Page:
A community for students.
Here's the question you clicked on:
 0 viewing
anonymous
 4 years ago
solve the following equation for x where
0<or = to x<2pi, sin2x=cosx
anonymous
 4 years ago
solve the following equation for x where 0<or = to x<2pi, sin2x=cosx

This Question is Closed

Mimi_x3
 4 years ago
Best ResponseYou've already chosen the best response.3hint: \(sin2x = 2sinxcosx\)

Mimi_x3
 4 years ago
Best ResponseYou've already chosen the best response.3well where are you stuck or show me what you did

anonymous
 4 years ago
Best ResponseYou've already chosen the best response.0the equation is not solved

Mimi_x3
 4 years ago
Best ResponseYou've already chosen the best response.3\[ 2sinxcosx = cosx => 2sinxcosx  cosx = 0 \] why dont you try and solve it

anonymous
 4 years ago
Best ResponseYou've already chosen the best response.0take cos(x) you will have \[\Large \cos(x)[2\sin(x)1]=0\] now you have two equations \[\Large \implies \cos(x)=0\] \[\Large \implies 2\sin(x)1=0\] solve these two equations.

anonymous
 4 years ago
Best ResponseYou've already chosen the best response.0if i knew how to solve these equations i wouldn;t be asking for help

anonymous
 4 years ago
Best ResponseYou've already chosen the best response.0to this stage i know, but how to solve from here?

Mimi_x3
 4 years ago
Best ResponseYou've already chosen the best response.3\[\cos(x) = 0 => cosx = \cos\left(\frac{\pi}{2}\right) => x = \frac{\pi}{2} +n*2\pi , n \epsilon\mathbb{Z} \] \[sinx = \sin\left(\frac{\pi}{6}\right) => x = \left(1\right)^{n}*\frac{\pi}{6} +n*\pi , n \epsilon\mathbb{Z} \]

anonymous
 4 years ago
Best ResponseYou've already chosen the best response.0i've been to wolfram alpha to mimi

Mimi_x3
 4 years ago
Best ResponseYou've already chosen the best response.3lol i didnt use wolfram..

anonymous
 4 years ago
Best ResponseYou've already chosen the best response.0the answer is correct though but i have to show it using the unit circle, or the graph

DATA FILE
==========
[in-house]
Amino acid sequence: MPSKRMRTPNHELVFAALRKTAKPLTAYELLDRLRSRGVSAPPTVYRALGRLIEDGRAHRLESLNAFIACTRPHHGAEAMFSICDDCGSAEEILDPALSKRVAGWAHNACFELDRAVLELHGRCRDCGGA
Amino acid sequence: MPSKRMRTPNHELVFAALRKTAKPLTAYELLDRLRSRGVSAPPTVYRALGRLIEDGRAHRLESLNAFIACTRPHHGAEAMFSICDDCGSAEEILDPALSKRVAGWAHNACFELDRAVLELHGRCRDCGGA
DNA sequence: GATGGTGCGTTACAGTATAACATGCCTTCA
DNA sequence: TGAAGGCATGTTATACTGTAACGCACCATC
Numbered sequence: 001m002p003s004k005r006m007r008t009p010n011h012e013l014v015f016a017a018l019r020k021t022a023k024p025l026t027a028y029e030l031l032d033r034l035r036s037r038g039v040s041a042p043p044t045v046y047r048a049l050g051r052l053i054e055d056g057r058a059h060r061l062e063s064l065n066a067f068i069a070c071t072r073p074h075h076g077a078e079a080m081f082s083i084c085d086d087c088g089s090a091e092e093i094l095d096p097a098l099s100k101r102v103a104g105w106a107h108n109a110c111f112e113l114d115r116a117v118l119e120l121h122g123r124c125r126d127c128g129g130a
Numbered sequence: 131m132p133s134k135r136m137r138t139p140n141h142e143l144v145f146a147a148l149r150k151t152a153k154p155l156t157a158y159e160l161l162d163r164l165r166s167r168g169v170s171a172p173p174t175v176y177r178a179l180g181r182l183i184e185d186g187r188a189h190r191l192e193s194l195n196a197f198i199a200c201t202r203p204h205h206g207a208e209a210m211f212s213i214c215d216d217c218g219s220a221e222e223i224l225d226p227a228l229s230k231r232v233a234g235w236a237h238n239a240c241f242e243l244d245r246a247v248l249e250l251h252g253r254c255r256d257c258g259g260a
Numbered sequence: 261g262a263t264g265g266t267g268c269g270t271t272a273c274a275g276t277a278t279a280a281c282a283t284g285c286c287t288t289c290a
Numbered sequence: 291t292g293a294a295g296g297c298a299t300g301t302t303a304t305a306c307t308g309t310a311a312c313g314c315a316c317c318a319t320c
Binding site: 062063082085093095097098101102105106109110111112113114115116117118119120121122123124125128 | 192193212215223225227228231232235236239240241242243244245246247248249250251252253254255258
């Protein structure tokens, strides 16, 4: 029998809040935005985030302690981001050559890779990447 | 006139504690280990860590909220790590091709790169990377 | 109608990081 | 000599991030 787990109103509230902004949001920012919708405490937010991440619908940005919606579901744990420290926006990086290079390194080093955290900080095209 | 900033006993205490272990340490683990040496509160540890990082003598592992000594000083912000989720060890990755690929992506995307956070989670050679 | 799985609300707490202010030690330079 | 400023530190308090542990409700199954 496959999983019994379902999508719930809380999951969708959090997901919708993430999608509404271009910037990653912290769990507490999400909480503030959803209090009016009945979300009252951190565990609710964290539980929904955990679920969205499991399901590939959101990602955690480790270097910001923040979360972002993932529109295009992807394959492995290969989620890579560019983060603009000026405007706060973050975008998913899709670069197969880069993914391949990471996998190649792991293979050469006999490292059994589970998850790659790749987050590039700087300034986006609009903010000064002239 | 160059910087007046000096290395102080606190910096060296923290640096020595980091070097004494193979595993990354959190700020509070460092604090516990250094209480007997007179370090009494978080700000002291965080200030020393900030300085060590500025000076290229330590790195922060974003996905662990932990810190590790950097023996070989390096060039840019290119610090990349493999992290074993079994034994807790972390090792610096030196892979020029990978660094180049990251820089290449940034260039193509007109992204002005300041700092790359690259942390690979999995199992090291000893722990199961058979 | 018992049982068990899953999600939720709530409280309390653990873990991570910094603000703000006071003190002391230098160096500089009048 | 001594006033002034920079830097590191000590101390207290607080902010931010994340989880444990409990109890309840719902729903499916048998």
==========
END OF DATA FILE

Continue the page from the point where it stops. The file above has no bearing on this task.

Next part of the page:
anonymous
 4 years ago
Best ResponseYou've already chosen the best response.0i think using the sin wave

anonymous
 4 years ago
Best ResponseYou've already chosen the best response.0ok let me give you an example then if you have 2cos(x)+1=0 then \[\Large \implies \cos(x)=\frac{1}{2}\] \[\Large x=\cos^{1}(\frac{1}{2})\] there are only two points in 9o.2pi) for which cos(x) is 1/2 they are \[\Large x=\frac{2 \pi}{3}\] \[\Large x=\frac{4 \pi}{3}\] now solve the 2sin(x)1=0 its quite similar to this.

Mimi_x3
 4 years ago
Best ResponseYou've already chosen the best response.3for sinx dw:1345619404355:dw

anonymous
 4 years ago
Best ResponseYou've already chosen the best response.0you use wolfram,thats why you are unable to solve these equations by yourself. this wolfram thingy has ruined the students :(. i think at this level students should avoid using that.

Mimi_x3
 4 years ago
Best ResponseYou've already chosen the best response.3yeah i agree. you should only use it to check your answers

anonymous
 4 years ago
Best ResponseYou've already chosen the best response.0no i dont use it but i am aware of it

anonymous
 4 years ago
Best ResponseYou've already chosen the best response.0mimi you've been great i think i should become a fan
Ask your own question
Sign UpFind more explanations on OpenStudy
Your question is ready. Sign up for free to start getting answers.
spraguer
(Moderator)
5
→ View Detailed Profile
is replying to Can someone tell me what button the professor is hitting...
23
 Teamwork 19 Teammate
 Problem Solving 19 Hero
 Engagement 19 Mad Hatter
 You have blocked this person.
 ✔ You're a fan Checking fan status...
Thanks for being so helpful in mathematics. If you are getting quality help, make sure you spread the word about OpenStudy.